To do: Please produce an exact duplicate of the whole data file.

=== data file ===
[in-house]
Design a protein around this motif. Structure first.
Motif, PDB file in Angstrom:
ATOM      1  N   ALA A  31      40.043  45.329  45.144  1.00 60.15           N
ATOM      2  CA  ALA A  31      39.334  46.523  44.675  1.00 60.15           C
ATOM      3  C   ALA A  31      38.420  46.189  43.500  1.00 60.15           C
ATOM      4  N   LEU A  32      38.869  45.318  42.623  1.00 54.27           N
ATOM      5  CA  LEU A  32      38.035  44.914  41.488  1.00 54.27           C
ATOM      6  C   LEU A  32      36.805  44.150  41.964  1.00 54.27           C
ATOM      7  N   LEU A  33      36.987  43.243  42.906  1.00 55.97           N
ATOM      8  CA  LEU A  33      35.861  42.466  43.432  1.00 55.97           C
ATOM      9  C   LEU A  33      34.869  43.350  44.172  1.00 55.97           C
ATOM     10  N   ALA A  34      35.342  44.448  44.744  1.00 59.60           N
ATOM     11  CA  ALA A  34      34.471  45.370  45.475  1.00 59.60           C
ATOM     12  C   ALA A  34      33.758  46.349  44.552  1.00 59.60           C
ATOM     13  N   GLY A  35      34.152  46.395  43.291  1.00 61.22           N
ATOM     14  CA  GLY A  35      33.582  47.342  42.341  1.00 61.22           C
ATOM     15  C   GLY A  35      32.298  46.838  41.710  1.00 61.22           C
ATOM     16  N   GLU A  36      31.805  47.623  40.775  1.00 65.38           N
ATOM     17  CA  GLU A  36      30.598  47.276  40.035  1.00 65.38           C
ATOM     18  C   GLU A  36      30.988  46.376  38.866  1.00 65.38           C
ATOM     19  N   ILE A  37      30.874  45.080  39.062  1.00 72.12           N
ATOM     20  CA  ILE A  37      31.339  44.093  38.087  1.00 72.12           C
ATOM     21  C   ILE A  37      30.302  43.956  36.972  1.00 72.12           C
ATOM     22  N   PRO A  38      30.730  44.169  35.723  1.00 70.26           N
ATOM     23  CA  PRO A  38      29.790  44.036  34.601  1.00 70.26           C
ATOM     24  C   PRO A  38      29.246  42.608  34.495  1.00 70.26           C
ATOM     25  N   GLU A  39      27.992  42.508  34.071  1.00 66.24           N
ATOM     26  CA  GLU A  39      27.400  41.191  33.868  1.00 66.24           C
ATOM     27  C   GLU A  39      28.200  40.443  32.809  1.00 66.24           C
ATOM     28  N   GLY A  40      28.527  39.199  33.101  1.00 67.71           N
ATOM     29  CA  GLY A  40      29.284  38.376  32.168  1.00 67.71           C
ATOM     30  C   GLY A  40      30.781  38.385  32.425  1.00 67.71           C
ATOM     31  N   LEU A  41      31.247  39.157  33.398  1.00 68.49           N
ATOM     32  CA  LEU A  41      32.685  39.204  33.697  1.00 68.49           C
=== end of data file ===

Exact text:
[in-house]
Design a protein around this motif. Structure first.
Motif, PDB file in Angstrom:
ATOM      1  N   ALA A  31      40.043  45.329  45.144  1.00 60.15           N
ATOM      2  CA  ALA A  31      39.334  46.523  44.675  1.00 60.15           C
ATOM      3  C   ALA A  31      38.420  46.189  43.500  1.00 60.15           C
ATOM      4  N   LEU A  32      38.869  45.318  42.623  1.00 54.27           N
ATOM      5  CA  LEU A  32      38.035  44.914  41.488  1.00 54.27           C
ATOM      6  C   LEU A  32      36.805  44.150  41.964  1.00 54.27           C
ATOM      7  N   LEU A  33      36.987  43.243  42.906  1.00 55.97           N
ATOM      8  CA  LEU A  33      35.861  42.466  43.432  1.00 55.97           C
ATOM      9  C   LEU A  33      34.869  43.350  44.172  1.00 55.97           C
ATOM     10  N   ALA A  34      35.342  44.448  44.744  1.00 59.60           N
ATOM     11  CA  ALA A  34      34.471  45.370  45.475  1.00 59.60           C
ATOM     12  C   ALA A  34      33.758  46.349  44.552  1.00 59.60           C
ATOM     13  N   GLY A  35      34.152  46.395  43.291  1.00 61.22           N
ATOM     14  CA  GLY A  35      33.582  47.342  42.341  1.00 61.22           C
ATOM     15  C   GLY A  35      32.298  46.838  41.710  1.00 61.22           C
ATOM     16  N   GLU A  36      31.805  47.623  40.775  1.00 65.38           N
ATOM     17  CA  GLU A  36      30.598  47.276  40.035  1.00 65.38           C
ATOM     18  C   GLU A  36      30.988  46.376  38.866  1.00 65.38           C
ATOM     19  N   ILE A  37      30.874  45.080  39.062  1.00 72.12           N
ATOM     20  CA  ILE A  37      31.339  44.093  38.087  1.00 72.12           C
ATOM     21  C   ILE A  37      30.302  43.956  36.972  1.00 72.12           C
ATOM     22  N   PRO A  38      30.730  44.169  35.723  1.00 70.26           N
ATOM     23  CA  PRO A  38      29.790  44.036  34.601  1.00 70.26           C
ATOM     24  C   PRO A  38      29.246  42.608  34.495  1.00 70.26           C
ATOM     25  N   GLU A  39      27.992  42.508  34.071  1.00 66.24           N
ATOM     26  CA  GLU A  39      27.400  41.191  33.868  1.00 66.24           C
ATOM     27  C   GLU A  39      28.200  40.443  32.809  1.00 66.24           C
ATOM     28  N   GLY A  40      28.527  39.199  33.101  1.00 67.71           N
ATOM     29  CA  GLY A  40      29.284  38.376  32.168  1.00 67.71           C
ATOM     30  C   GLY A  40      30.781  38.385  32.425  1.00 67.71           C
ATOM     31  N   LEU A  41      31.247  39.157  33.398  1.00 68.49           N
ATOM     32  CA  LEU A  41      32.685  39.204  33.697  1.00 68.49           C